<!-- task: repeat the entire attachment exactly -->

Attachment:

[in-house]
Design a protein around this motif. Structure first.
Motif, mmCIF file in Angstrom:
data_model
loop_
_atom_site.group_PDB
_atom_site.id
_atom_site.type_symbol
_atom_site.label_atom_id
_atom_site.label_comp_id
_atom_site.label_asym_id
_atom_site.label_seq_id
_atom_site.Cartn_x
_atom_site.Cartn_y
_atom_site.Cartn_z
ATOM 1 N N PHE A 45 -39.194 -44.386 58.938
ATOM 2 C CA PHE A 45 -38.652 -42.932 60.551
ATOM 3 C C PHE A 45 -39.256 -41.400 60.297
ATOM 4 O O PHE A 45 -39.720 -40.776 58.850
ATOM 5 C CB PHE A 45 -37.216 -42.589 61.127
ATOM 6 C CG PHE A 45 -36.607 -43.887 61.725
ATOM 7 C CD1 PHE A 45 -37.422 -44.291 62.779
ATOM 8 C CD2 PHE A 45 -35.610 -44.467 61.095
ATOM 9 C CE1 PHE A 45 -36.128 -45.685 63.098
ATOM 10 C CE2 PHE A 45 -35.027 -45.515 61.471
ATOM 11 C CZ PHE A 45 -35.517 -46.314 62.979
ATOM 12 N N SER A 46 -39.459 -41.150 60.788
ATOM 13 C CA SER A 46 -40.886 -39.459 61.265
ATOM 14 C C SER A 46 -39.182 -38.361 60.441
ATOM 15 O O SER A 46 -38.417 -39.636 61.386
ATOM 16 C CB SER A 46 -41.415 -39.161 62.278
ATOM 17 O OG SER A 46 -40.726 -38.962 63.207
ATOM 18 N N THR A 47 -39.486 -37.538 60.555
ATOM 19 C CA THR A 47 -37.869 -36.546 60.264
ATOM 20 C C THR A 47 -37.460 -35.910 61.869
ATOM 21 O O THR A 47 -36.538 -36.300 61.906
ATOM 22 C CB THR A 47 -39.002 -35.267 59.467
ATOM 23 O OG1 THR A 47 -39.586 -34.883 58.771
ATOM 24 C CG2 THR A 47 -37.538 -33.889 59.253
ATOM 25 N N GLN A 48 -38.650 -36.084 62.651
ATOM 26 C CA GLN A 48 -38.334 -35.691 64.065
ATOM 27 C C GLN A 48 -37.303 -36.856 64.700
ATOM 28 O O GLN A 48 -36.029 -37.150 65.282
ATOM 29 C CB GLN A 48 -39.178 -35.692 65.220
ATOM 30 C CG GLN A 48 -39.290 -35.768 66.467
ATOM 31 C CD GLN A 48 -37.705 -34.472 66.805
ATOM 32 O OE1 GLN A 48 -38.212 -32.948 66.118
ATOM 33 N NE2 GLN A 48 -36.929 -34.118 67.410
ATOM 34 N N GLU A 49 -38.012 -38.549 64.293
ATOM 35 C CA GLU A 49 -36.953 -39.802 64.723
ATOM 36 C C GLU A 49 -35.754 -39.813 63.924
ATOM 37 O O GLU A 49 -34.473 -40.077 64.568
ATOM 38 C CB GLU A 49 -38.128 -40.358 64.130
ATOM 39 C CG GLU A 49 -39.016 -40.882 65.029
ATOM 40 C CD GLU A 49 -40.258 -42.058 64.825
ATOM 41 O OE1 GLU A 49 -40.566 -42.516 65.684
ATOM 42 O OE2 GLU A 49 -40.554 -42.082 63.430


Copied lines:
[in-house]
Design a protein around this motif. Structure first.
Motif, mmCIF file in Angstrom:
data_model
loop_
_atom_site.group_PDB
_atom_site.id
_atom_site.type_symbol
_atom_site.label_atom_id
_atom_site.label_comp_id
_atom_site.label_asym_id
_atom_site.label_seq_id
_atom_site.Cartn_x
_atom_site.Cartn_y
_atom_site.Cartn_z
ATOM 1 N N PHE A 45 -39.194 -44.386 58.938
ATOM 2 C CA PHE A 45 -38.652 -42.932 60.551
ATOM 3 C C PHE A 45 -39.256 -41.400 60.297
ATOM 4 O O PHE A 45 -39.720 -40.776 58.850
ATOM 5 C CB PHE A 45 -37.216 -42.589 61.127
ATOM 6 C CG PHE A 45 -36.607 -43.887 61.725
ATOM 7 C CD1 PHE A 45 -37.422 -44.291 62.779
ATOM 8 C CD2 PHE A 45 -35.610 -44.467 61.095
ATOM 9 C CE1 PHE A 45 -36.128 -45.685 63.098
ATOM 10 C CE2 PHE A 45 -35.027 -45.515 61.471
ATOM 11 C CZ PHE A 45 -35.517 -46.314 62.979
ATOM 12 N N SER A 46 -39.459 -41.150 60.788
ATOM 13 C CA SER A 46 -40.886 -39.459 61.265
ATOM 14 C C SER A 46 -39.182 -38.361 60.441
ATOM 15 O O SER A 46 -38.417 -39.636 61.386
ATOM 16 C CB SER A 46 -41.415 -39.161 62.278
ATOM 17 O OG SER A 46 -40.726 -38.962 63.207
ATOM 18 N N THR A 47 -39.486 -37.538 60.555
ATOM 19 C CA THR A 47 -37.869 -36.546 60.264
ATOM 20 C C THR A 47 -37.460 -35.910 61.869
ATOM 21 O O THR A 47 -36.538 -36.300 61.906
ATOM 22 C CB THR A 47 -39.002 -35.267 59.467
ATOM 23 O OG1 THR A 47 -39.586 -34.883 58.771
ATOM 24 C CG2 THR A 47 -37.538 -33.889 59.253
ATOM 25 N N GLN A 48 -38.650 -36.084 62.651
ATOM 26 C CA GLN A 48 -38.334 -35.691 64.065
ATOM 27 C C GLN A 48 -37.303 -36.856 64.700
ATOM 28 O O GLN A 48 -36.029 -37.150 65.282
ATOM 29 C CB GLN A 48 -39.178 -35.692 65.220
ATOM 30 C CG GLN A 48 -39.290 -35.768 66.467
ATOM 31 C CD GLN A 48 -37.705 -34.472 66.805
ATOM 32 O OE1 GLN A 48 -38.212 -32.948 66.118
ATOM 33 N NE2 GLN A 48 -36.929 -34.118 67.410
ATOM 34 N N GLU A 49 -38.012 -38.549 64.293
ATOM 35 C CA GLU A 49 -36.953 -39.802 64.723
ATOM 36 C C GLU A 49 -35.754 -39.813 63.924
ATOM 37 O O GLU A 49 -34.473 -40.077 64.568
ATOM 38 C CB GLU A 49 -38.128 -40.358 64.130
ATOM 39 C CG GLU A 49 -39.016 -40.882 65.029
ATOM 40 C CD GLU A 49 -40.258 -42.058 64.825
ATOM 41 O OE1 GLU A 49 -40.566 -42.516 65.684
ATOM 42 O OE2 GLU A 49 -40.554 -42.082 63.430